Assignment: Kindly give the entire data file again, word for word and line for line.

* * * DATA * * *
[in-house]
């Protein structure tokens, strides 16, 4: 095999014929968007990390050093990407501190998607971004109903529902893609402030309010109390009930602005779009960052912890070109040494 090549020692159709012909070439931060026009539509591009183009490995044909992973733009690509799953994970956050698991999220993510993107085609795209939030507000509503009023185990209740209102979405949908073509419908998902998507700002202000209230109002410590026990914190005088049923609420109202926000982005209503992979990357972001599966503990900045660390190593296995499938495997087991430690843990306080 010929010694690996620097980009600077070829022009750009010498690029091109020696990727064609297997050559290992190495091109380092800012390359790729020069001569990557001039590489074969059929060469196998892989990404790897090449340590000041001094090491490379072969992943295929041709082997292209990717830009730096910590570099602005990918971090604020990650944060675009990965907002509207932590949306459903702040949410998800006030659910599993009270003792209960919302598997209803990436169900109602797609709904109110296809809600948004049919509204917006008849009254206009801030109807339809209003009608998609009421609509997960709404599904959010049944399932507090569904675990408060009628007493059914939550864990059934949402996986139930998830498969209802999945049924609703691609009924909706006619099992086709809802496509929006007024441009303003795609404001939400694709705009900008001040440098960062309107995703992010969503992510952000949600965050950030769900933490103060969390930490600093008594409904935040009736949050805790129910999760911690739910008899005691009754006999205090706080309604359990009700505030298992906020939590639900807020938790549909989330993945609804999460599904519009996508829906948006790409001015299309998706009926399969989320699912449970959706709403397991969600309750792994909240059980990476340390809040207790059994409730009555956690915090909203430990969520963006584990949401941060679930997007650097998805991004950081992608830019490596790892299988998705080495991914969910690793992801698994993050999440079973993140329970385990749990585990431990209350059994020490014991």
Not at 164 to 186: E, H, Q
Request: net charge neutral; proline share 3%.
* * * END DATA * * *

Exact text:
[in-house]
């Protein structure tokens, strides 16, 4: 095999014929968007990390050093990407501190998607971004109903529902893609402030309010109390009930602005779009960052912890070109040494 090549020692159709012909070439931060026009539509591009183009490995044909992973733009690509799953994970956050698991999220993510993107085609795209939030507000509503009023185990209740209102979405949908073509419908998902998507700002202000209230109002410590026990914190005088049923609420109202926000982005209503992979990357972001599966503990900045660390190593296995499938495997087991430690843990306080 010929010694690996620097980009600077070829022009750009010498690029091109020696990727064609297997050559290992190495091109380092800012390359790729020069001569990557001039590489074969059929060469196998892989990404790897090449340590000041001094090491490379072969992943295929041709082997292209990717830009730096910590570099602005990918971090604020990650944060675009990965907002509207932590949306459903702040949410998800006030659910599993009270003792209960919302598997209803990436169900109602797609709904109110296809809600948004049919509204917006008849009254206009801030109807339809209003009608998609009421609509997960709404599904959010049944399932507090569904675990408060009628007493059914939550864990059934949402996986139930998830498969209802999945049924609703691609009924909706006619099992086709809802496509929006007024441009303003795609404001939400694709705009900008001040440098960062309107995703992010969503992510952000949600965050950030769900933490103060969390930490600093008594409904935040009736949050805790129910999760911690739910008899005691009754006999205090706080309604359990009700505030298992906020939590639900807020938790549909989330993945609804999460599904519009996508829906948006790409001015299309998706009926399969989320699912449970959706709403397991969600309750792994909240059980990476340390809040207790059994409730009555956690915090909203430990969520963006584990949401941060679930997007650097998805991004950081992608830019490596790892299988998705080495991914969910690793992801698994993050999440079973993140329970385990749990585990431990209350059994020490014991």
Not at 164 to 186: E, H, Q
Request: net charge neutral; proline share 3%.